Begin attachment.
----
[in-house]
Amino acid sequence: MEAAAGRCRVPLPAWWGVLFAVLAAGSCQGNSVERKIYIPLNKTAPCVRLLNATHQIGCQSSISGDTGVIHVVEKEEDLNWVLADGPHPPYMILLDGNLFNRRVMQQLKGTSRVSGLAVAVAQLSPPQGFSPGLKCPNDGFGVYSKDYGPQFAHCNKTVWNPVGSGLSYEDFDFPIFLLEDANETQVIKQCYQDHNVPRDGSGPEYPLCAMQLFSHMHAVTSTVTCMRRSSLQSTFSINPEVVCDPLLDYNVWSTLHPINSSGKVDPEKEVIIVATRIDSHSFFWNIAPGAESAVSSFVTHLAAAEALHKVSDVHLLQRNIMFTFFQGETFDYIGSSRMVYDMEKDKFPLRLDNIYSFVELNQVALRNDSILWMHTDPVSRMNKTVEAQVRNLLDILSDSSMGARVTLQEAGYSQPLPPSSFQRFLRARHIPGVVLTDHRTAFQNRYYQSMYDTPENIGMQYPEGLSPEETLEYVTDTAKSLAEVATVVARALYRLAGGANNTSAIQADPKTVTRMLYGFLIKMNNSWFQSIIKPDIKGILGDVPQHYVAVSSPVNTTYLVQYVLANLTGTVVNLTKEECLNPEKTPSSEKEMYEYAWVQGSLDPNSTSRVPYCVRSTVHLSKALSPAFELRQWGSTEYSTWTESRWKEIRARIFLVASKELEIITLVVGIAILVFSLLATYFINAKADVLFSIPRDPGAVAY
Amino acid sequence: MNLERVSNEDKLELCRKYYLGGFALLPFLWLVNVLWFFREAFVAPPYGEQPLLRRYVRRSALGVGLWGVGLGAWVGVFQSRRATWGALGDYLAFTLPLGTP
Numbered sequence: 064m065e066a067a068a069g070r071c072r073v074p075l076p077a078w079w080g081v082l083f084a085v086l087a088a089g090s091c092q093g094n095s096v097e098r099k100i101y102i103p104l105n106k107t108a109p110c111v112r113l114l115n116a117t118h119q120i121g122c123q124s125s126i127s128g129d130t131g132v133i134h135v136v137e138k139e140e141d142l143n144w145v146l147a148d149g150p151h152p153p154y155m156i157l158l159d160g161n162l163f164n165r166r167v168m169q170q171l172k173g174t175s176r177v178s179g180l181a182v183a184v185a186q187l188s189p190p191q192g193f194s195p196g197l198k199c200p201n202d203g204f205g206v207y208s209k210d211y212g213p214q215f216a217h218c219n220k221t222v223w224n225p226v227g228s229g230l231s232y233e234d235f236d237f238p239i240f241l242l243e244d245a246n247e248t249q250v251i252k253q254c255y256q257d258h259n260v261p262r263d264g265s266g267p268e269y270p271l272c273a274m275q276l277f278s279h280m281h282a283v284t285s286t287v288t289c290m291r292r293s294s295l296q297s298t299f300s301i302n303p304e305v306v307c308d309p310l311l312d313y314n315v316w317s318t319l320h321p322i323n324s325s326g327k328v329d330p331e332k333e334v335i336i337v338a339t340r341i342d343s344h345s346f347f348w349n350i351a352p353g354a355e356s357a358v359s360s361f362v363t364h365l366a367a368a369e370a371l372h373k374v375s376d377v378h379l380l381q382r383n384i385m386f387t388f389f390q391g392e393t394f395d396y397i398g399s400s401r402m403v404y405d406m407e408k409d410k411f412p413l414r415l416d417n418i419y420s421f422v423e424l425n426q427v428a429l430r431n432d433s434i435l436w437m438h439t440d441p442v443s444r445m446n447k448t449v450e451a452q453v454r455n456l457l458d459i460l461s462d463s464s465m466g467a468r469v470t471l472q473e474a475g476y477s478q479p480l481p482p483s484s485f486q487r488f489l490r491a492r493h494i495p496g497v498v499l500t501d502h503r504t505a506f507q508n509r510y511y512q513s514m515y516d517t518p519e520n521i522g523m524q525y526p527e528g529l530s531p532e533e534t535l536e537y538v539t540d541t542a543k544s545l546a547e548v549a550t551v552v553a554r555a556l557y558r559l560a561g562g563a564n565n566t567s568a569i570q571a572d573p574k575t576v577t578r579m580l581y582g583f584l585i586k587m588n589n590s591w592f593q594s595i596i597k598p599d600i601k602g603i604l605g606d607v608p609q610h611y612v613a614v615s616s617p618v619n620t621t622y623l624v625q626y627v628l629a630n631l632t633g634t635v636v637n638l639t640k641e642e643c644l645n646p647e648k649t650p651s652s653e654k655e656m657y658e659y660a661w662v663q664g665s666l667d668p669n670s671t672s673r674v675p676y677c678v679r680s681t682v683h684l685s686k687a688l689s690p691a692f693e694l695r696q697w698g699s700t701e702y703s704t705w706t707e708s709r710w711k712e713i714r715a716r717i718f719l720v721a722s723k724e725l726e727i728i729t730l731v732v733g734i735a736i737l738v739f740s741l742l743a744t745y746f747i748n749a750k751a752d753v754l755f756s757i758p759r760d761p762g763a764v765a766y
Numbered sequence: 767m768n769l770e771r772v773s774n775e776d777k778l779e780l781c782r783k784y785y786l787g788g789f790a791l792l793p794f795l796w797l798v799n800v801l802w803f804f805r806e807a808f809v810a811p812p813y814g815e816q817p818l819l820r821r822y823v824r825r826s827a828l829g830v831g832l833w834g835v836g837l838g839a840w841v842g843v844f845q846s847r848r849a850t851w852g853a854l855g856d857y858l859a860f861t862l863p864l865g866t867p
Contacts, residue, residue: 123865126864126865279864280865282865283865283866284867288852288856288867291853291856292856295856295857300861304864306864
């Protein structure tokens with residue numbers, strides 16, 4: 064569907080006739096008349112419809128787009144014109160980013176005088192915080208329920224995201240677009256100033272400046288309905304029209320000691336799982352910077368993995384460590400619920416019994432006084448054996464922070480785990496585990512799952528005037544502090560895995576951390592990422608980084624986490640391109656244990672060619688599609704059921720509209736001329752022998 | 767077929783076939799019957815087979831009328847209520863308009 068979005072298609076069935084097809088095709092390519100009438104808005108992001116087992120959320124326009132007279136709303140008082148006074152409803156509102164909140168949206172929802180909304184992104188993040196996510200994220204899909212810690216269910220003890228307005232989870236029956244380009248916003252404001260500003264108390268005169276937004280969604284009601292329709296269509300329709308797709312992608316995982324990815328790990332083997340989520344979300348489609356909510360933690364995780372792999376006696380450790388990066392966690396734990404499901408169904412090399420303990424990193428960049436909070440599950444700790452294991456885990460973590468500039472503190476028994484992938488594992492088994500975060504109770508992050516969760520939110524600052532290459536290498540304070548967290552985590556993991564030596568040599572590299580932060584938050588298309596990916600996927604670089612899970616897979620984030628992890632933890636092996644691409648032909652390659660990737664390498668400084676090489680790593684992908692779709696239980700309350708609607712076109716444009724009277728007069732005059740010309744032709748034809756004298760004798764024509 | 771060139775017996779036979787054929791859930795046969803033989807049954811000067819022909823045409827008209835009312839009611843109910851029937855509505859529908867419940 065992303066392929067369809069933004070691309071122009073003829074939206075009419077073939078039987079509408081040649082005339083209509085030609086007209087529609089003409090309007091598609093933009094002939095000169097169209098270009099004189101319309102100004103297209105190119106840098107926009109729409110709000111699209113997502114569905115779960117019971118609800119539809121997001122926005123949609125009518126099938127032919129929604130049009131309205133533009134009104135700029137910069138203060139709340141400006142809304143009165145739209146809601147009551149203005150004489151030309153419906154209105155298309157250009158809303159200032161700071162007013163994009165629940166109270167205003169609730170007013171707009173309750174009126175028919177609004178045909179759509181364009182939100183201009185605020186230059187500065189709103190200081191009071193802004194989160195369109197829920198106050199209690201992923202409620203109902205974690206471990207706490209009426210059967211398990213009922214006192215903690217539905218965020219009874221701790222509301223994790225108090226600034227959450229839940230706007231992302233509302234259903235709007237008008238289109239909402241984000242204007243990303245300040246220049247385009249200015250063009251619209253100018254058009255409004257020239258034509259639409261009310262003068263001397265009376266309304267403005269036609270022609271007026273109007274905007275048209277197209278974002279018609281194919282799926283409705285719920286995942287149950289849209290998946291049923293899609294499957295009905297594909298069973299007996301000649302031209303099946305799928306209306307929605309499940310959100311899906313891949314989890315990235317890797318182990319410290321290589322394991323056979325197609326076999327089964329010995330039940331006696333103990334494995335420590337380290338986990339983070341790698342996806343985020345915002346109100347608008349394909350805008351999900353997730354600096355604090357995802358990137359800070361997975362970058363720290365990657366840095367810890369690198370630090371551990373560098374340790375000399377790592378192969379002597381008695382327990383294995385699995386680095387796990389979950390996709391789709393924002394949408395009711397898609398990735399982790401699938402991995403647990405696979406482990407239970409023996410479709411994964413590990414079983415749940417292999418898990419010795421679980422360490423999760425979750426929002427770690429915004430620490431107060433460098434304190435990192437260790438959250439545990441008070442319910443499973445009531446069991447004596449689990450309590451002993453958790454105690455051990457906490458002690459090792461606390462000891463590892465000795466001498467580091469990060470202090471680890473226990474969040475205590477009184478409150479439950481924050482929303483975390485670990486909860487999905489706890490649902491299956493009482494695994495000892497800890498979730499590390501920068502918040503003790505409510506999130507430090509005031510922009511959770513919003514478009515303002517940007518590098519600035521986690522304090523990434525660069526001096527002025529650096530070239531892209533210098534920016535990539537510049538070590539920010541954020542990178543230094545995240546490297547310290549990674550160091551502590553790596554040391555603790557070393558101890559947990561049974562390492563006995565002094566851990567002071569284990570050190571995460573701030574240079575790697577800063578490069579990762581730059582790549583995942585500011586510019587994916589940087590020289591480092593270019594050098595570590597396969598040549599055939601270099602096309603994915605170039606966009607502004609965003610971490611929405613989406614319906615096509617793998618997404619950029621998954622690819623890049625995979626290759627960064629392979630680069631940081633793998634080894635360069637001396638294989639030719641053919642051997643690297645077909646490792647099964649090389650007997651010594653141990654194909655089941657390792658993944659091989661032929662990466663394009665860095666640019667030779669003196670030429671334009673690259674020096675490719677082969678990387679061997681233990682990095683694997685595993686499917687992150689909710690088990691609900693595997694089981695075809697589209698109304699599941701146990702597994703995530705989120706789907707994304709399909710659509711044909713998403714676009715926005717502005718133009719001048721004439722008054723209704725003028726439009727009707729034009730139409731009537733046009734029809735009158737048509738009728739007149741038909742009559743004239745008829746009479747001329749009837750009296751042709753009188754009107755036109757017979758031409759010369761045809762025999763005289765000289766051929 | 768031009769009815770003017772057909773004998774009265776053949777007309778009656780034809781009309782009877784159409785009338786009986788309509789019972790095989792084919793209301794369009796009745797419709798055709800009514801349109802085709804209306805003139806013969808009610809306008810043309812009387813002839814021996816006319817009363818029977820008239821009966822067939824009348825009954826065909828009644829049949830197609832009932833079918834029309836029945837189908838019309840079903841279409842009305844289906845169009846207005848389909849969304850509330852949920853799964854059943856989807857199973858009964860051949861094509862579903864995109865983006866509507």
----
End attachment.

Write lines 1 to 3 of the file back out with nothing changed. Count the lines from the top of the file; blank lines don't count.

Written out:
[in-house]
Amino acid sequence: MEAAAGRCRVPLPAWWGVLFAVLAAGSCQGNSVERKIYIPLNKTAPCVRLLNATHQIGCQSSISGDTGVIHVVEKEEDLNWVLADGPHPPYMILLDGNLFNRRVMQQLKGTSRVSGLAVAVAQLSPPQGFSPGLKCPNDGFGVYSKDYGPQFAHCNKTVWNPVGSGLSYEDFDFPIFLLEDANETQVIKQCYQDHNVPRDGSGPEYPLCAMQLFSHMHAVTSTVTCMRRSSLQSTFSINPEVVCDPLLDYNVWSTLHPINSSGKVDPEKEVIIVATRIDSHSFFWNIAPGAESAVSSFVTHLAAAEALHKVSDVHLLQRNIMFTFFQGETFDYIGSSRMVYDMEKDKFPLRLDNIYSFVELNQVALRNDSILWMHTDPVSRMNKTVEAQVRNLLDILSDSSMGARVTLQEAGYSQPLPPSSFQRFLRARHIPGVVLTDHRTAFQNRYYQSMYDTPENIGMQYPEGLSPEETLEYVTDTAKSLAEVATVVARALYRLAGGANNTSAIQADPKTVTRMLYGFLIKMNNSWFQSIIKPDIKGILGDVPQHYVAVSSPVNTTYLVQYVLANLTGTVVNLTKEECLNPEKTPSSEKEMYEYAWVQGSLDPNSTSRVPYCVRSTVHLSKALSPAFELRQWGSTEYSTWTESRWKEIRARIFLVASKELEIITLVVGIAILVFSLLATYFINAKADVLFSIPRDPGAVAY
Amino acid sequence: MNLERVSNEDKLELCRKYYLGGFALLPFLWLVNVLWFFREAFVAPPYGEQPLLRRYVRRSALGVGLWGVGLGAWVGVFQSRRATWGALGDYLAFTLPLGTP